A few years ago, Rob was bored with his job and knew something had to give. He set aside some distractions, joined Guaranteed Rate, and determined to get himself out of his comfort zone every day. That’s when things started to change.

Rob’s business doubled the first year.

By employing time-saving systems and getting out of the office to build relationships with REALTORS®, he built up a network of agents, and referrals now comprise nearly 100% of his business. Much like Nicole Rueth shared on Episode #112, Rob doesn’t take these business relationships lightly. In fact, he refers to his core, loyal agents as partners and friends.


These reliable relationships are helping him sleep easy at night. With the threat of a future Zillow mortgage company looming large, Rob recognizes that the real estate and lending market is still largely local and is far from being automated. Having a local presence and having real friends in the REALTOR® space can make all the difference.

[smart_track_player url=”http://traffic.libsyn.com/mortgagemarketingradio/Episode_113_Audio.mp3″ social_gplus=”false” social_linkedin=”true” social_email=”true” ]


  • About Rob’s lending history
  • Why Rob makes a priority of the inbox-zero goal each day
  • How Rob cultivates and nurtures relationships with REALTORS®
  • Why Rob is working to get reviews on Zillow but is not overly concerned about being displaced by a future Zillow mortgage company


Ready to grow your business in the new year? Check out the new Mortgage MarketingPRO membership which helps you get more Agent referrals, convert more clients and build your online presence.

Want more free content to help you succeed? Join our Facebook Group Here

Finally, you can subscribe on iTunes or Stitcher to get all new episodes when they are released.

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Geoff:  This week, I am bringing to you Mr. Rob Wishnick, VP of Mortgage Lending out of Philly. Go dirty birds Philly. And we are talking about Rob’s story, how he, in just four years, took his production from 12 million to 80 million. 243 loans in 2018 for 80 million in fundings. Perhaps more significantly, folks, is the fact he doubled business in one year. So we’re going to unpack how he does that. He gets 100% of his business as referral, 95% of it is purchased business from real estate agents. He has about two to three dozen core agents that are on his A-list team that consistently send them almost 100% of their business, if they can control that.

So we’re going to unpack this. We’re going to talk about what really changed Rob’s business was how he forced himself to get outside of his comfort zone. And he had a shift in mindset and looking at himself and how he identified himself as a mortgage professional. You’ll hear him talking about that. You’ll hear him talking about some of the daily activities he does and what he’s doing to consistently grow his brand and is he worried about disruptors like Zillow and Quicken. Is he concerned? You’ll hear his story and more. Without further ado, let’s get into this week’s show.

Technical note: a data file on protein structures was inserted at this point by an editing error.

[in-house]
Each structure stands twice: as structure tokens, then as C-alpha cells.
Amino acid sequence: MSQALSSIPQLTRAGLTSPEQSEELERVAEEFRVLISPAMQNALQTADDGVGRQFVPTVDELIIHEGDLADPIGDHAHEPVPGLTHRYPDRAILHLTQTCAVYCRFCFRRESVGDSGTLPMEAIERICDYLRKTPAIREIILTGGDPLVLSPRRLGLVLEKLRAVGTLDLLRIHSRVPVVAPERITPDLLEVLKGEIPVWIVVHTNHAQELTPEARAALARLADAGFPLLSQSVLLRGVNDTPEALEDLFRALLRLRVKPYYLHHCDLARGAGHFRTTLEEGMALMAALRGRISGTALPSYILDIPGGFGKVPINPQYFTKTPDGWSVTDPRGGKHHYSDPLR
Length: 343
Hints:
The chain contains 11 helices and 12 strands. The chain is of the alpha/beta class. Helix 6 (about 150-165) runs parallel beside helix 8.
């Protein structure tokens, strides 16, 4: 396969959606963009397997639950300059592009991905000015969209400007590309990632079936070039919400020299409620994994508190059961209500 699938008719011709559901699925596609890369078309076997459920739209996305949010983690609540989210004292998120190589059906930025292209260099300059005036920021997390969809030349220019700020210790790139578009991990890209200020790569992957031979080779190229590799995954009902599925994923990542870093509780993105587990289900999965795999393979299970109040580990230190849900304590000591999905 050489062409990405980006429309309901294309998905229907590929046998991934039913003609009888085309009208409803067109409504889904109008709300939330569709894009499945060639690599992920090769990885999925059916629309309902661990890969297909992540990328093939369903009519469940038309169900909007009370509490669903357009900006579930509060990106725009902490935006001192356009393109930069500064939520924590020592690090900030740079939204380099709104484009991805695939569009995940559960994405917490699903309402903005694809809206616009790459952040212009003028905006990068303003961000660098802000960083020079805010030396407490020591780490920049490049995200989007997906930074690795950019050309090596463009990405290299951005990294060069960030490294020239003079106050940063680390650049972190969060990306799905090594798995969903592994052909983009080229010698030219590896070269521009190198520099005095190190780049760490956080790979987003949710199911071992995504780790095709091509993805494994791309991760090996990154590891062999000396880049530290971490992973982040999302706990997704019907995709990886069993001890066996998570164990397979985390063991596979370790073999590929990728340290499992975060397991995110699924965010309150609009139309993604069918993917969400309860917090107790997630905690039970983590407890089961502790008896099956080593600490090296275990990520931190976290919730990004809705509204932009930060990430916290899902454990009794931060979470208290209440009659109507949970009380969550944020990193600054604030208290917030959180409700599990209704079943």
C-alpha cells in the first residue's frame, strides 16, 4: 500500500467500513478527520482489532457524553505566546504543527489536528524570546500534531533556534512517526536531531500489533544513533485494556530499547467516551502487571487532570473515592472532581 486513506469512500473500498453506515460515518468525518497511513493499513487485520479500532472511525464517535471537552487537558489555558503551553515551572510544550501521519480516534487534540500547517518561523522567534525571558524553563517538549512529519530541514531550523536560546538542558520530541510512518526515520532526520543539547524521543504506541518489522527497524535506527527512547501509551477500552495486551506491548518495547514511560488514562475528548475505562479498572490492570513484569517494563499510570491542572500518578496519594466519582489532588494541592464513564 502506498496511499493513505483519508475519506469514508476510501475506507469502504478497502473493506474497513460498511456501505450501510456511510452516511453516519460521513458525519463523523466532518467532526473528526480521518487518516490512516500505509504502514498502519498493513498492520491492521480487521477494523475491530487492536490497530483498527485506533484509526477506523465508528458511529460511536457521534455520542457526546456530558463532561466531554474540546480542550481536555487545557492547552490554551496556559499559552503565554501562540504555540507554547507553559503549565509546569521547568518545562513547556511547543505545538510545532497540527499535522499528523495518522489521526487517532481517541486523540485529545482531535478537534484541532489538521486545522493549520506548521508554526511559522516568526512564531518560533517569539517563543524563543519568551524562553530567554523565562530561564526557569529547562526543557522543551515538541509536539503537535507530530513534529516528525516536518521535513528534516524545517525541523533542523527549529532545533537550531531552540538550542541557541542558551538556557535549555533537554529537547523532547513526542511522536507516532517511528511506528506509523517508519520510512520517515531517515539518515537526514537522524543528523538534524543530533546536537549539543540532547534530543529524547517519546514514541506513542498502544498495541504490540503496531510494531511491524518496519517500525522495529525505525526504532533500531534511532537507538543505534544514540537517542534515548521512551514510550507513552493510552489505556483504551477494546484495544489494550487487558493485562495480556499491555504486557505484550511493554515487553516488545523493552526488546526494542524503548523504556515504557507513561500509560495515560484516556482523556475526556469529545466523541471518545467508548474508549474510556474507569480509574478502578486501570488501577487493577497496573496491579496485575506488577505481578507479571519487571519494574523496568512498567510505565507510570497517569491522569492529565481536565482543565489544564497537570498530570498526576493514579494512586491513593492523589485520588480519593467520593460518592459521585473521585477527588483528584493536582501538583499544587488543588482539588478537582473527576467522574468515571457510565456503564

Hey, Rob. Welcome to the show.

Rob:  Thank you. Thanks for having me.

Geoff:  You bet, man. Appreciate you being here from Philly, the City of Brotherly Love, isn’t it?

Rob:  Right.

Geoff:  Are you feeling the brotherly love out there?

Rob:  Yeah, yeah. Bryce Harper just came on, soo we’re all ready for baseball season now.

Geoff:  Yeah, man. You got tickets or what?

Rob:  I just pick them as needed. No season tickets.

Geoff:  There’s a whole story there. Right? Instead of signing with the Dodgers, he went to Philly because of the taxes partly.

Rob:  There were about three or four cities that he was thinking about. At the end of the day, I think he was looking to finish his career in a city, and we gave him the contract.

Geoff:  You gave him the best offer. What’s that contract worth?

Rob:  330. $330 million for 13 years.

Geoff:  Geez.

Rob:  We’re in the wrong business. Right?

Geoff:  Right. I should have stuck with little league. I doubt I’d be anywhere close to that. Alright, man, let’s get into it, because I know you’re busy. Quick background introduction for the listeners. Tell us who is Rob. What does he do? Why does he love doing loans?

Rob:  Rob Wishnick, Guaranteed RAte. I got in this business 16 years ago. Four years ago, came to Guaranteed Rate, and that’s where the business really took off. Learned the business the right way. Had some group people to teach me the business. Came in knowing absolutely zero. Learned by processing and learning how to put a funnel together, understand guidelines, where they’re coming from, so that I can thoroughly explain it to a client. And then I got to point in my business where it was sort of getting stale, and I was getting a little bored and wasn’t sure what the next step was. I was with that first company for 12 years and then found GR. That’s where it really took off. More resources, processing systems that allowed me to go out and look for business. It freed me up to get out of the office, and that was the start of it being a game-changer. And then something in me just sparked as it started to get busier. It was easier for me to have more confidence, go out and pitch what we do best. And it just continues to take off.

I make myself uncomfortable every day. I get myself into doors that I probably wouldn’t have before, but business breeds business, and you start to do more business and more people want to talk to you. So that’s where it took off.

Geoff:  There’s a few things I want to unpack in there. Let’s first handle the numbers for those listening. 2018 units and volume.

Rob:  243 units for 8.7 in volume. 8.7 million in volume.

Geoff:  Congratulations, by the way. That’s a helluva lot of units. What does your team look like? Who’s helping you manage all that?